Hosts: Maple, oak, linden, beech, apple, birch, elm, hickory and other hardwoods
Evidence: In the spring, look for larvae that move in typical inchworm fashion. Linden loopers are dull-to-brightly yellow-sided (a). Bruce spanworm larvae are variable in color, ranging from vivid green to dark brown, with three thin yellow lines on each side of the body (b). Spiny loopers are pinkish with hairy tubercles and black lines running their length (c), and fall cankerworm larvae range from very light green to dark brownish-green. The head and anal segments are also variable in color, ranging from pale green to black or mottled. Darker larvae may have a longitudinal black stripe, while lighter color forms have white lines running their length (d). Though larger loopers tend to feed voraciously, consuming all but the mid rib and larger veins, younger larvae may work as skeletonizers (eg., fall cankerworm) or give leaves the appearance of Swiss cheese (eg., Bruce spanworm).
Life Cycles: Each of these loopers has one generation per year. Winter is spent in the egg stage, with the exception of the spiny looper, which overwinters as a pupa beneath litter. The adult female moths of all four loopers are wingless, and, with the exception of the spiny looper, moths are active into the fall, when females may be seen crawling up the base of trunks. With the spiny looper, adults emerge and mate in the spring.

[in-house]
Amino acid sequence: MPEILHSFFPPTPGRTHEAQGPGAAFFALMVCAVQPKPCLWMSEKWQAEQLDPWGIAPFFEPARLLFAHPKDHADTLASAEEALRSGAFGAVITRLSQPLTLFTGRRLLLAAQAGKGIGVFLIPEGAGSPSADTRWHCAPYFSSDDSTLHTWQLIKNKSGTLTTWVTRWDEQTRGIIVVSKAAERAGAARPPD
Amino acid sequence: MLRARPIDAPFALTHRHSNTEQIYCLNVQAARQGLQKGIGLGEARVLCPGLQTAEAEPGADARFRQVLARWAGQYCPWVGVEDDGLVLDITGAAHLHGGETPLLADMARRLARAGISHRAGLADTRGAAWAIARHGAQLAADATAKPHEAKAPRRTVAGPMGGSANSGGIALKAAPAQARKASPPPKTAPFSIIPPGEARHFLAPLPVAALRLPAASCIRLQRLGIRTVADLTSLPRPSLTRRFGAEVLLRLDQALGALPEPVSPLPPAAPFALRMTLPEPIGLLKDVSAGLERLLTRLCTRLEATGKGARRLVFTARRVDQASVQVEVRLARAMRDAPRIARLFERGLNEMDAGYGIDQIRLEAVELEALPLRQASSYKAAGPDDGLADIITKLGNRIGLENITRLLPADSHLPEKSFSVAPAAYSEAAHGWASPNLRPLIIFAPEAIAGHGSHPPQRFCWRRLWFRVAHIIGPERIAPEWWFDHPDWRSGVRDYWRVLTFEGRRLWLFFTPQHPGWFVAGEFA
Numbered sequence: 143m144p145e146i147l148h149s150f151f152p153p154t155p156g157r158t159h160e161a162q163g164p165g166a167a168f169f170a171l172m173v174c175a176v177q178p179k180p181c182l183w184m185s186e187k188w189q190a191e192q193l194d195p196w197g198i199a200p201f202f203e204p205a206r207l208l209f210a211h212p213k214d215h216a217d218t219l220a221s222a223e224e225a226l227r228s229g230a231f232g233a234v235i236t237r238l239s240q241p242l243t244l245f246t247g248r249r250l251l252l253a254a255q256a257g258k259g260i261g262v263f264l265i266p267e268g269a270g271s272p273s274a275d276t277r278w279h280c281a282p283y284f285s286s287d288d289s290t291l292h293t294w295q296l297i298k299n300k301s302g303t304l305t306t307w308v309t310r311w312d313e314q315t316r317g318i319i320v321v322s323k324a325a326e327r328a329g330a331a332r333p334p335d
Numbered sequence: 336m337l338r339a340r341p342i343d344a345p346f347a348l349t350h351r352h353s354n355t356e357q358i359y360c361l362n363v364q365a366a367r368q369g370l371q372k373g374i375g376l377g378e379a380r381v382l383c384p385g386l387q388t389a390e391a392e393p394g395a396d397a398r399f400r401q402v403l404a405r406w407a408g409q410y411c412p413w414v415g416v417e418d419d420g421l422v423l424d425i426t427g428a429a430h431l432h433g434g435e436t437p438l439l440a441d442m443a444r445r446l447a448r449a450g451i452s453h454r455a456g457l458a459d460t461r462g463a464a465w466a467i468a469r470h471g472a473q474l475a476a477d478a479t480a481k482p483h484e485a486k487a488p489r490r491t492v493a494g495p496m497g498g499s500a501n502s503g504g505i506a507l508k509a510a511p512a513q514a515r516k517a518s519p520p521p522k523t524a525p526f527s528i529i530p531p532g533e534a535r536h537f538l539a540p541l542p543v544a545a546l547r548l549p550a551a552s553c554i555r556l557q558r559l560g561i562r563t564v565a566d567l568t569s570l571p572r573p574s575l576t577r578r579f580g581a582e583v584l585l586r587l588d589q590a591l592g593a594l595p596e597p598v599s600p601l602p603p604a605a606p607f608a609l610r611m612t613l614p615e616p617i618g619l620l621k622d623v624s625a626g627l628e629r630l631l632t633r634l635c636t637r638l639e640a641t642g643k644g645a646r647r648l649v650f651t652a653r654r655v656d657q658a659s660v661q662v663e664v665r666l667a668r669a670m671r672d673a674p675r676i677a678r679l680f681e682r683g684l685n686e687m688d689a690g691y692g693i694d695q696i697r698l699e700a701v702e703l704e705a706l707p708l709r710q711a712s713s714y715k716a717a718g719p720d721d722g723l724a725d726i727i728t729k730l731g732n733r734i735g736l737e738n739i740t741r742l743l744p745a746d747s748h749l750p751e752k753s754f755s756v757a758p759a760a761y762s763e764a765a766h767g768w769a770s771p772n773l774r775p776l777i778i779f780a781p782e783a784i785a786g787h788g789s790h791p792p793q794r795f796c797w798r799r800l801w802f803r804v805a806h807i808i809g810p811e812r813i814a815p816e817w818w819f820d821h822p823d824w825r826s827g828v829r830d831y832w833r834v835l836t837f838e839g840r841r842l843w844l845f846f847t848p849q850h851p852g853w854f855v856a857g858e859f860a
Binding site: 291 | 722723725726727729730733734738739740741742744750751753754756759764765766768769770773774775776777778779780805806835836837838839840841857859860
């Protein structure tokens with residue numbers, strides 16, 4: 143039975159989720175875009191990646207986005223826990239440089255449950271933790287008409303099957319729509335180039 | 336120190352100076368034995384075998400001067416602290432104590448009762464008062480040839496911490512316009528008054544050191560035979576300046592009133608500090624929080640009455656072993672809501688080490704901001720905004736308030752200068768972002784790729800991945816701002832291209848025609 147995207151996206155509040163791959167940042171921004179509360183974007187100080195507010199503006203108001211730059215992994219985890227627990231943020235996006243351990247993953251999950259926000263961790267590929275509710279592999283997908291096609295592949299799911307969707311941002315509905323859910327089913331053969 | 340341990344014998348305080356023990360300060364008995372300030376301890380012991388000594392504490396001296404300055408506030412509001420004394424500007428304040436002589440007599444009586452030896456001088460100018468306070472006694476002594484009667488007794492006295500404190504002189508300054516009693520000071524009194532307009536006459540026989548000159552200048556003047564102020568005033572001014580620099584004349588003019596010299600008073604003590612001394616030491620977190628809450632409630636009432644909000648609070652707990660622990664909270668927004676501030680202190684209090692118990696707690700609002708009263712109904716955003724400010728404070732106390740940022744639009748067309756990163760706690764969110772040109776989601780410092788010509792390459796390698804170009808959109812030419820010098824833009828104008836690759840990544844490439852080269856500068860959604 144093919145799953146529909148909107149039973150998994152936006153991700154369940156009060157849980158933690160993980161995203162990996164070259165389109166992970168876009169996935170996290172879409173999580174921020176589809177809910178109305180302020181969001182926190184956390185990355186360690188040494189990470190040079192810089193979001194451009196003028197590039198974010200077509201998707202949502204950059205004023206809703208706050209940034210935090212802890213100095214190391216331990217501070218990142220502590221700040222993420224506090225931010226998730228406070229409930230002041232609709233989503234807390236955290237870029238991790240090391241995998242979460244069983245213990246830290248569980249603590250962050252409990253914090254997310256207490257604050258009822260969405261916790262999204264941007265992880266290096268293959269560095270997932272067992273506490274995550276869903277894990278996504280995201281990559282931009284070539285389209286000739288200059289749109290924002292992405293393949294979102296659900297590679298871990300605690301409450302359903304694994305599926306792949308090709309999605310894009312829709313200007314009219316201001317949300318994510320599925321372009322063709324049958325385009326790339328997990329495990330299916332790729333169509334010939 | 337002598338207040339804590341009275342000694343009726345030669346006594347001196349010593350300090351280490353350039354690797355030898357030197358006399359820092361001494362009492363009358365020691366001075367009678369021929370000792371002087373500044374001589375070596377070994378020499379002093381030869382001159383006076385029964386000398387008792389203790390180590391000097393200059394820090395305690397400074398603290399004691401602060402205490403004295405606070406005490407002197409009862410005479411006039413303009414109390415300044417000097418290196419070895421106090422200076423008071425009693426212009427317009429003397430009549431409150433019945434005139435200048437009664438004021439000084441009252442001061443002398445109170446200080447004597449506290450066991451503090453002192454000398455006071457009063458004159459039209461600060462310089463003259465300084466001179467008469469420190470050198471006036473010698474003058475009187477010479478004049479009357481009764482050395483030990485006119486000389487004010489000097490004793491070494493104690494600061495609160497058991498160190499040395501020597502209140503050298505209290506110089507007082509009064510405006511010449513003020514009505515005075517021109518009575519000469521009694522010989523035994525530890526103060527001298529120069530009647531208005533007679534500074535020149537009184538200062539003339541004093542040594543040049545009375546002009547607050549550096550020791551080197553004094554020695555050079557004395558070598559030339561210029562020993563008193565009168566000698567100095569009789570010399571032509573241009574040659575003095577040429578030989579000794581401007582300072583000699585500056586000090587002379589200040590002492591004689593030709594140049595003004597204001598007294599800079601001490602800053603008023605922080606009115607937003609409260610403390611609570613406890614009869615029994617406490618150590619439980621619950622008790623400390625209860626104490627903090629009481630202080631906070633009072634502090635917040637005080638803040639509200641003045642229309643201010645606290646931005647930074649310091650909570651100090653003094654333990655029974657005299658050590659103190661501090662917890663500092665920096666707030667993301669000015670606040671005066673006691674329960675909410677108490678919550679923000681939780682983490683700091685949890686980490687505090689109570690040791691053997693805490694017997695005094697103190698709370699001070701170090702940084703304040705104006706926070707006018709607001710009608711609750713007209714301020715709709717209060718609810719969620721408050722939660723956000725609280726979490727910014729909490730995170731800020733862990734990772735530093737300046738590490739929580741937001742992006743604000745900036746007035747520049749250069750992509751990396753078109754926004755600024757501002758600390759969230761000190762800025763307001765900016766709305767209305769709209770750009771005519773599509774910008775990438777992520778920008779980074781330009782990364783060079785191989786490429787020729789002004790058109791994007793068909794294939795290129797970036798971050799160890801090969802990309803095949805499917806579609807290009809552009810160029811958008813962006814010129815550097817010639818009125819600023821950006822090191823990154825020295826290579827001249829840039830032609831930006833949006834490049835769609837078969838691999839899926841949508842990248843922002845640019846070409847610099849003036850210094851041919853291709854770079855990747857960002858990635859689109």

Management: These species of loopers are often found in association with each other. Parasites and disease are credited with keeping them in check, though periodic epidemics occur. Urban trees appear to be especially susceptible to heavy feeding by some species of loopers. Sticky bands around tree trunks will protect isolated trees by preventing females from crawling up to lay eggs. Insecticides, including Bacillus thuringiensis, are effective once larvae begin to feed on leaves.
Figure a: E. Bradford Walker, Vermont Department of Forests, Parks and Recreation, Waterbury, VT.
Figure b: E. Bradford Walker, Vermont Department of Forests, Parks and Recreation, Waterbury, VT.
Figure c: E. Bradford Walker, Vermont Department of Forests, Parks and Recreation, Waterbury, VT.
Figure d: E. Bradford Walker, Vermont Department of Forests, Parks and Recreation, Waterbury, VT.
Drooz, A.T. 1985. Insects of Eastern Forests. USDA Forest Service Miscellaneous Publication 1426. p 188-189, 193-194;
Johnson, W.T. and Lyon, H.H. 1991. Insects That Feed on Trees and Shrubs. 2nd edition. Cornell University Press. p 142-146;
Martineau, R. 1984. Insects Harmful to Forest Trees. Agriculture Canada Government Publishing Centre, Supply and Services, Ottawa. p 156-162;
Rose, A.H. and Lindquist, O.H. 1982. Insects of Eastern Hardwood Trees. Canadian Forest Service Publication, Forestry Technical Report 29. p 110-113.